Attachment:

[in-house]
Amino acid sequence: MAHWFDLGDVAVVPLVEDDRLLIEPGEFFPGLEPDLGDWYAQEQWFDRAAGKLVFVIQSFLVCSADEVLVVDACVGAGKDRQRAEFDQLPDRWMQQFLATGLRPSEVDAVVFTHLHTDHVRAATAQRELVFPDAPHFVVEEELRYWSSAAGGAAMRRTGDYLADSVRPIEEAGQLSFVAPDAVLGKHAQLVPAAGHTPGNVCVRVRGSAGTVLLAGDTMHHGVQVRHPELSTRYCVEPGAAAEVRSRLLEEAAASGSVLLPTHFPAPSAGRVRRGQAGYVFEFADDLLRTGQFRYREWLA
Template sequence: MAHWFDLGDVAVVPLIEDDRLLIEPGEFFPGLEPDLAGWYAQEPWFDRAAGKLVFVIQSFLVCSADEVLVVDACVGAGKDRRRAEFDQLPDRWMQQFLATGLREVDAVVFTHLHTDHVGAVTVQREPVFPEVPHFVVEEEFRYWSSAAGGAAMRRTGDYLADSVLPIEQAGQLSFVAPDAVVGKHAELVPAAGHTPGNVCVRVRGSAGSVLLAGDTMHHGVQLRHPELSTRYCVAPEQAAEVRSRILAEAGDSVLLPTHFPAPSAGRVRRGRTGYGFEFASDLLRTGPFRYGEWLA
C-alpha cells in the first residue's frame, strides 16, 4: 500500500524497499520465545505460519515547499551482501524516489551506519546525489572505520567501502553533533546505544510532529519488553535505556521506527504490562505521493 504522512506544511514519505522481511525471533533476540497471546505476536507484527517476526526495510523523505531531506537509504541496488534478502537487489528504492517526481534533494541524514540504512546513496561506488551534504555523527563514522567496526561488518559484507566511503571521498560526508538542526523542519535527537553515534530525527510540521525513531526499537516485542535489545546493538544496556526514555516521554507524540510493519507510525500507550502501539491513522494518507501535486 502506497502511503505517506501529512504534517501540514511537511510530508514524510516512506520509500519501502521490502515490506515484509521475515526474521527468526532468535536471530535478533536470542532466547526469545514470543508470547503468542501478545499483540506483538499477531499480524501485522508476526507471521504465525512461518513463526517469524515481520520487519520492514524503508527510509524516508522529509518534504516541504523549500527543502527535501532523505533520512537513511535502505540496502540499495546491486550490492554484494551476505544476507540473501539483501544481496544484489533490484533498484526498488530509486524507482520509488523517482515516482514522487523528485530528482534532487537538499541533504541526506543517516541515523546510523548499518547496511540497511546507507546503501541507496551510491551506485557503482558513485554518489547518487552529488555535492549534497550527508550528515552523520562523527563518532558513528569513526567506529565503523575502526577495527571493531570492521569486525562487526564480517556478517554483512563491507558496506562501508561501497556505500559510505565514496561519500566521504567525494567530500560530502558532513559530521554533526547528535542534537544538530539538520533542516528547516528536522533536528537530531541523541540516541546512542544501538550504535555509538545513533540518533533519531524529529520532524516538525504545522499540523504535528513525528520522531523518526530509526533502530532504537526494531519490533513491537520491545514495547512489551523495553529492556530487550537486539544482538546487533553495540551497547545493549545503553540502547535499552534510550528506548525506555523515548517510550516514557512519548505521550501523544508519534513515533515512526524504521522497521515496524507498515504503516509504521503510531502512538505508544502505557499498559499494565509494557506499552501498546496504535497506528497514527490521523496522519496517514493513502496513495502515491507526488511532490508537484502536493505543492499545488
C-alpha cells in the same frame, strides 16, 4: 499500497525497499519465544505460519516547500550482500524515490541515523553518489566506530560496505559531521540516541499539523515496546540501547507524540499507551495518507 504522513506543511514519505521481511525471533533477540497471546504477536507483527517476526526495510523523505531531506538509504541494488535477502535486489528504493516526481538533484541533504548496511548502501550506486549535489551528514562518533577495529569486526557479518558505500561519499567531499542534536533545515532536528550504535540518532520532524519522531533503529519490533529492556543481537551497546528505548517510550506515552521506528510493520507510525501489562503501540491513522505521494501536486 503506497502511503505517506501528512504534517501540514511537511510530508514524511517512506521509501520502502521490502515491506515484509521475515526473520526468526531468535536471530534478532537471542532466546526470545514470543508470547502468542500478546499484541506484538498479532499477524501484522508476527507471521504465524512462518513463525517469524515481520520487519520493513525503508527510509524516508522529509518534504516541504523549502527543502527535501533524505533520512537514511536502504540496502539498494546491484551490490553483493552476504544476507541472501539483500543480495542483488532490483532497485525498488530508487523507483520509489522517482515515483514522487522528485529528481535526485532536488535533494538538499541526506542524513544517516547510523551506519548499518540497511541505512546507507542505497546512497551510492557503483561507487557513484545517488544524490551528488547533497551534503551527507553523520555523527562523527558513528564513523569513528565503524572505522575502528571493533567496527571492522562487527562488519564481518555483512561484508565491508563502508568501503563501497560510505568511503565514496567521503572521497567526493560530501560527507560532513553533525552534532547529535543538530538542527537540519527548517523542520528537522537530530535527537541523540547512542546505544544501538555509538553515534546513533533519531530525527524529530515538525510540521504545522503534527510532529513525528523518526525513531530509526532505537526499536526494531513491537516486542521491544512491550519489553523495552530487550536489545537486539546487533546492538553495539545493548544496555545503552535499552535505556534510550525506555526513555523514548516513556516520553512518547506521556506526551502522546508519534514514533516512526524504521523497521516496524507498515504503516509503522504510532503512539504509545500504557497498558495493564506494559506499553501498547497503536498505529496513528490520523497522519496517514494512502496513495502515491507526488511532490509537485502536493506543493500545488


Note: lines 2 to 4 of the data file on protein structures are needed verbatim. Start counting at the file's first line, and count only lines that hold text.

Amino acid sequence: MAHWFDLGDVAVVPLVEDDRLLIEPGEFFPGLEPDLGDWYAQEQWFDRAAGKLVFVIQSFLVCSADEVLVVDACVGAGKDRQRAEFDQLPDRWMQQFLATGLRPSEVDAVVFTHLHTDHVRAATAQRELVFPDAPHFVVEEELRYWSSAAGGAAMRRTGDYLADSVRPIEEAGQLSFVAPDAVLGKHAQLVPAAGHTPGNVCVRVRGSAGTVLLAGDTMHHGVQVRHPELSTRYCVEPGAAAEVRSRLLEEAAASGSVLLPTHFPAPSAGRVRRGQAGYVFEFADDLLRTGQFRYREWLA
Template sequence: MAHWFDLGDVAVVPLIEDDRLLIEPGEFFPGLEPDLAGWYAQEPWFDRAAGKLVFVIQSFLVCSADEVLVVDACVGAGKDRRRAEFDQLPDRWMQQFLATGLREVDAVVFTHLHTDHVGAVTVQREPVFPEVPHFVVEEEFRYWSSAAGGAAMRRTGDYLADSVLPIEQAGQLSFVAPDAVVGKHAELVPAAGHTPGNVCVRVRGSAGSVLLAGDTMHHGVQLRHPELSTRYCVAPEQAAEVRSRILAEAGDSVLLPTHFPAPSAGRVRRGRTGYGFEFASDLLRTGPFRYGEWLA
C-alpha cells in the first residue's frame, strides 16, 4: 500500500524497499520465545505460519515547499551482501524516489551506519546525489572505520567501502553533533546505544510532529519488553535505556521506527504490562505521493 504522512506544511514519505522481511525471533533476540497471546505476536507484527517476526526495510523523505531531506537509504541496488534478502537487489528504492517526481534533494541524514540504512546513496561506488551534504555523527563514522567496526561488518559484507566511503571521498560526508538542526523542519535527537553515534530525527510540521525513531526499537516485542535489545546493538544496556526514555516521554507524540510493519507510525500507550502501539491513522494518507501535486 502506497502511503505517506501529512504534517501540514511537511510530508514524510516512506520509500519501502521490502515490506515484509521475515526474521527468526532468535536471530535478533536470542532466547526469545514470543508470547503468542501478545499483540506483538499477531499480524501485522508476526507471521504465525512461518513463526517469524515481520520487519520492514524503508527510509524516508522529509518534504516541504523549500527543502527535501532523505533520512537513511535502505540496502540499495546491486550490492554484494551476505544476507540473501539483501544481496544484489533490484533498484526498488530509486524507482520509488523517482515516482514522487523528485530528482534532487537538499541533504541526506543517516541515523546510523548499518547496511540497511546507507546503501541507496551510491551506485557503482558513485554518489547518487552529488555535492549534497550527508550528515552523520562523527563518532558513528569513526567506529565503523575502526577495527571493531570492521569486525562487526564480517556478517554483512563491507558496506562501508561501497556505500559510505565514496561519500566521504567525494567530500560530502558532513559530521554533526547528535542534537544538530539538520533542516528547516528536522533536528537530531541523541540516541546512542544501538550504535555509538545513533540518533533519531524529529520532524516538525504545522499540523504535528513525528520522531523518526530509526533502530532504537526494531519490533513491537520491545514495547512489551523495553529492556530487550537486539544482538546487533553495540551497547545493549545503553540502547535499552534510550528506548525506555523515548517510550516514557512519548505521550501523544508519534513515533515512526524504521522497521515496524507498515504503516509504521503510531502512538505508544502505557499498559499494565509494557506499552501498546496504535497506528497514527490521523496522519496517514493513502496513495502515491507526488511532490508537484502536493505543492499545488